In celebration of National Forest Week, we’re taking a walk through one of the most significant, rare and breathtaking forests in British Columbia, found on Meares Island off the coast of Tofino

Vancouver Island is covered with lush forests and is home to the incredibly rare old-growth coastal temperate rainforests, which cover less than one percent of the earth’s surface.

Unfortunately, the future of these forests is at risk, and more than three-quarters of the productive ancient rainforest on Vancouver Island has been lost due to logging. These forests are extremely important as they provide habitats to species such as bears, cougars and wolves, as well as endangered species such as the marbled murrelet seabird and northern pygmy owl. They also play a critical role in the fight against climate change due to their ability to store more atmospheric carbon per hectare than almost any other forest on earth.

One of the best spots to experience these ancient old-growth forests is on Meares Island, and my family and I visited here this summer to skip the crowds of Tofino and immerse ourselves in nature.

A 10-minute water taxi ride from Tuff City, Meares Island feels like another world. The island is made up of lush vegetation and unspoilt nature, and offers a chance of spotting wildlife like seals and bald eagles nearby. But the main attraction at Meares Island is its forest, featuring some of the largest red cedar trees on Earth.meares island ancient forestThe forest on Meares Island hasn’t always been in the clear of logging threats, and in fact, it was designated to become a logging zone in the 1980s. Fortunately, the local Tla-o-qui-aht and Ahousaht First Nations of Clayoquot Sound fought against the logging plans and the court ruled to keep the area protected. It was named Canada’s first Tribal Park as of 1984, and we can thank these communities for allowing us to experience this beautiful natural site today.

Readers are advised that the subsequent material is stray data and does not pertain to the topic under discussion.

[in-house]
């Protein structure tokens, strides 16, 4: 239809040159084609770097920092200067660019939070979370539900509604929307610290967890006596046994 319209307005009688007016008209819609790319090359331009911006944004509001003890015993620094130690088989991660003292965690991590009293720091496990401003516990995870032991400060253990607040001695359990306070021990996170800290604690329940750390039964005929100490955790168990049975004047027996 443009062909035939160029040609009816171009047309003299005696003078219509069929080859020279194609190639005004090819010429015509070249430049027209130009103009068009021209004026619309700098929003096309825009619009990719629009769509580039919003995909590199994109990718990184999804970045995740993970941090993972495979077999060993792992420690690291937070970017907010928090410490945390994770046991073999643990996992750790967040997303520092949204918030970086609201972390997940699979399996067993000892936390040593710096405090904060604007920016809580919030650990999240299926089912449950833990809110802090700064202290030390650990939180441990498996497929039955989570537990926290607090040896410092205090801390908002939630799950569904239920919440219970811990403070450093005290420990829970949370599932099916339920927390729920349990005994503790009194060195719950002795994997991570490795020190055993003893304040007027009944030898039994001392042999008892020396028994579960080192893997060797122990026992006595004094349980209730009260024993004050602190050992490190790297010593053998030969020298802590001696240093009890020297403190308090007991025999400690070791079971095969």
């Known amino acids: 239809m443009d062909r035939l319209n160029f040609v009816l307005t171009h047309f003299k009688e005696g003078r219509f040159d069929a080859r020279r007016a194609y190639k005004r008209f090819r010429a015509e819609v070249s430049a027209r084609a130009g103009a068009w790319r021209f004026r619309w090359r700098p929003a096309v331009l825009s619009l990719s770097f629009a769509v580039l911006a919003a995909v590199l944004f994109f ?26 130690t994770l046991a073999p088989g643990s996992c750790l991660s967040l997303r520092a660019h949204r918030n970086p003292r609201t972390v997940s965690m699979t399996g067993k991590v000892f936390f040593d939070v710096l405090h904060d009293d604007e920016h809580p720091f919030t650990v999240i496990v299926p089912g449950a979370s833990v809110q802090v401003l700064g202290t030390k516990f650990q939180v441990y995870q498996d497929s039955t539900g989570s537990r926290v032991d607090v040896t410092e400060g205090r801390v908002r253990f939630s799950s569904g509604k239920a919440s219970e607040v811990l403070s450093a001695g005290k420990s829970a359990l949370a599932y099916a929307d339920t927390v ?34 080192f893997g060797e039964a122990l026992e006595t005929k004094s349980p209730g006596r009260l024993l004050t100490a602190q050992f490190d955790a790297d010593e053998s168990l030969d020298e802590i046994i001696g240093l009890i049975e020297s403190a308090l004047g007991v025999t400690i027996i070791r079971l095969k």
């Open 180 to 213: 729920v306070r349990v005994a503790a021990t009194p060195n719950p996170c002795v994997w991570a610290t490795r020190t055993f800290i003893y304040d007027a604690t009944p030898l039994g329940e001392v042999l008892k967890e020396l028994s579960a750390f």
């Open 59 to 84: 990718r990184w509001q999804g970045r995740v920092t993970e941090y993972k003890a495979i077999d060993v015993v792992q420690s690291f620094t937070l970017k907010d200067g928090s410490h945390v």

Meares Island is fun for the whole family, and mine took on the trails with my 10-year-old niece leading the way and my three-year-old nephew strapped onto my brother’s back and admiring the trees (which were “so tall!"). We ventured along the Big Tree Trail, which begins with a wooden boardwalk meandering through the forest and continues on to loop around the island.trailsThe full 4.2-kilometre loop is for those feeling a little more adventurous (which my family was, whether my parents consented to it or not) as it involves a less-maintained trail, some muddy sections, and a bit of navigating over, under and around the fallen trees. It’s a lovely way to spend an afternoon in nature and work off some of those calories courtesy of Tacofino.

The trees are the stars of the show on Meares Island, and we were constantly stopping in awe to take in the gigantic trunks towering into the sky and the fascinating root systems revealed from fallen trees. Some of the standout trees are given names such as Cedar of Life or Hanging Garden Tree, the latter being the largest of them all at 18 metres wide, estimated to be up to 2,000 years old, and named for the plants and trees that have begun growing off of it.

Destinations like Meares Island allow us to experience forests as nature intended them, maintaining their ancient wonder, isolated from the hustle and bustle of civilization, free from logging. The giants on Meares Island show the potential of how large these trees can get and how small and insignificant we are compared to them, so we must treat them with respect. I’m grateful my family and I were able to spend a day here and hope families will be able to continue to visit for generations to come.